And my work? I have some, but no room to do it justice, no space in the house, in the week, in my head or heart. Even my sleep and my dreams aren’t my own any more. Where the hell are we going? What have we done?

Clapping for the NHS seems so futile right now. Clapping while the world falls apart, clapping while a government trips and stumbles through a pandemic, lying and spluttering, covering its tracks.

So… I’m emptying my head a little, and the thread I saw falling neatly on the path behind me to mark my way home, falls onto this page. As the tracks merge and muddy on the path, the thread forms spidery words across the page, words that pull the dark, mucusy blobs of feeling and worry out to plop, wiggle and leak.

My worries were festering, my hopes deprived of light or oxygen, my identity denied and depressed, hardly there any more. I was starting to wonder what the point was in work, what the point was in caring, or in being the one who cares enough to keep trying. Why not let it all fall apart?

All that driving, all that pushing, rushing, shopping, buying, driving, testing. All that writing and campaigning – all for what? To feel a sense of purpose while the world dies – while we die.

Well, now there is no pretending, no normal, now the slate is wiped clean, smashed to pieces and we scramble in the wreckage to find pieces of our daily lives.

Shall we drop the pretence now? Let it all go? Be the deer in the field, the boy in the garden. Let go of expectation, let go of the thread. Go native, go wild, get down into the dark and the earthy, go inside to the wet, bloody real of body and stick and wet and everything that has always been.

As the surface shifts and shatters, breaks and slides away, I need the courage to let go, to hold my family close and go with it, to align ourselves with what we know to be real through our bodies, our mouths, our running and climbing, feet and hands.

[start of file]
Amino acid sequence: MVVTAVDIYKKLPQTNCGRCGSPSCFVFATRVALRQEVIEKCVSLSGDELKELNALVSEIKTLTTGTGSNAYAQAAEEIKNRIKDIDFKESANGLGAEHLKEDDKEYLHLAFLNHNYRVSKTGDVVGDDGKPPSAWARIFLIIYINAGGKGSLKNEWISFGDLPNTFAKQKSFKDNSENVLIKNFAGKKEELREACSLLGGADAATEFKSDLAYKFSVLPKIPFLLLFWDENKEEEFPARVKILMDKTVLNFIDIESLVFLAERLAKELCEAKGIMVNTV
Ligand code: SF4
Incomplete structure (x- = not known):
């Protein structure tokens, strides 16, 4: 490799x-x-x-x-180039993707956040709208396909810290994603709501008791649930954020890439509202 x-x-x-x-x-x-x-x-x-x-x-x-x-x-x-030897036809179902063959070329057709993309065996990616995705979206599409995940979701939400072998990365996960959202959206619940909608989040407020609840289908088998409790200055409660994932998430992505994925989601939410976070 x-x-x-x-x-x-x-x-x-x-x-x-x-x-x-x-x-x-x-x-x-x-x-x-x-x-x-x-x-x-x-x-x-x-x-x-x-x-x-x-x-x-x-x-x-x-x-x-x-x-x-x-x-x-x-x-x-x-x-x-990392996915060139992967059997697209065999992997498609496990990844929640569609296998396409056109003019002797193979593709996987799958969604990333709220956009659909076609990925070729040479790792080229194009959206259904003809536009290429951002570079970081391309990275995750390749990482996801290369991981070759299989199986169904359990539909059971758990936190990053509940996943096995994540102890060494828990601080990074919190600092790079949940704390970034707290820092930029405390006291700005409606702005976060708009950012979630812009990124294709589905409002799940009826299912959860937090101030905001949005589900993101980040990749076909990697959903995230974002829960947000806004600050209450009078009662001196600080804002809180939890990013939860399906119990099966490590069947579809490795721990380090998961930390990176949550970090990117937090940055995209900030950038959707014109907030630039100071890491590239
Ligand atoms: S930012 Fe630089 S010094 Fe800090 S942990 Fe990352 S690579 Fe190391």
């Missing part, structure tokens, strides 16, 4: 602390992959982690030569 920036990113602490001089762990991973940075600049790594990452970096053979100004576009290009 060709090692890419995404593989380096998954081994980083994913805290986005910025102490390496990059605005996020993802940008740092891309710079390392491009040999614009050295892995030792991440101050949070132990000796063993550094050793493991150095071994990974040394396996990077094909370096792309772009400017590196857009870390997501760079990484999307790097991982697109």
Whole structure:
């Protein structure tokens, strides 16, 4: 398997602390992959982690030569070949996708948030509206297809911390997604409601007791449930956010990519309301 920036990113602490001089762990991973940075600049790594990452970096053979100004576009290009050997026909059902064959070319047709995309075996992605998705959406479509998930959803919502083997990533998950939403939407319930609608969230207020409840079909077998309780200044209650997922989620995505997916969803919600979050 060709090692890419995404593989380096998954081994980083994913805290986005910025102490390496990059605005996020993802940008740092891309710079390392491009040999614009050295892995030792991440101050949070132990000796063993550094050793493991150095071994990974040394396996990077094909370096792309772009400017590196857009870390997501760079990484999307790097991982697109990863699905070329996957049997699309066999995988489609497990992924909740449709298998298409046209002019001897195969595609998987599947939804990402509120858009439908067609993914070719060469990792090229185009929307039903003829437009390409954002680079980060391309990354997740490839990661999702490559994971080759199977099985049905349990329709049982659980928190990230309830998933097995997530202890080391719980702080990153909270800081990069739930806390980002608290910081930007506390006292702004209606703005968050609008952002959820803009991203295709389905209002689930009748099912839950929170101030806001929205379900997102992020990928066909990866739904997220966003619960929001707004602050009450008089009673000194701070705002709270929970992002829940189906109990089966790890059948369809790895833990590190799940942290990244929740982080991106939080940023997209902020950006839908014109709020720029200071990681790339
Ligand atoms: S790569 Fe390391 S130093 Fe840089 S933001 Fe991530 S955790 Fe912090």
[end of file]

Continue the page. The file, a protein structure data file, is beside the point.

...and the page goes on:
Let it ALL fall away, don’t try so hard to be normal if you want to survive this.

And how to have the courage to let go when it feels like everyone else is carrying on as normal? When school sets the agenda, how to let my son off the hook and bring him to the woods instead?

Choose with your heart and your art. Simplify – free yourself. It’s not a normal situation, so let go of normal expectations.

And the future? We can’t know. Let go of what feels wrong, get more exercise, make honest, earthy, stripped down work. Make it for yourself, give yourself what you need to survive and it WILL connect with someone else, somewhere.

It’s not about eloquence, it’s about survival, not about others expectations, but your own wellbeing. Don’t please, lead. Don’t diminish yourself to fit in, act from the position of your body and the earth-mind that you KNOW is the source of all truth.

One thought on “Untangling: Sharing the Words From a Walking Diary

  1. Hello James,
    I’d like to share this link with you in case you haven’t come across it before & might find it interesting – it reminded me so much of your work. It’s about collective grief, historical rituals and the creation of new practices that reflect individual & shared experience. (I follow Alex Evans on twitter)

    Click to access This-Too-Shall-Pass.pdf

    I read your post last night at work, and then this piece this morning now I’m back home & more free again; both really helped to give a bit of shape & structure to things, so thank you.
    The richness of your included photos was startlingly strong, I think because of not being properly out for two months really. I haven’t been using my daily exercise outside due to anxiety about protecting others, but I’ve decided to start again now on my non work days for my own wellbeing.
    Your post was moving and helpful, there’s so much value in being able to share moment to moment experience. I think it’s enough in itself.

    Be well James xx

    Like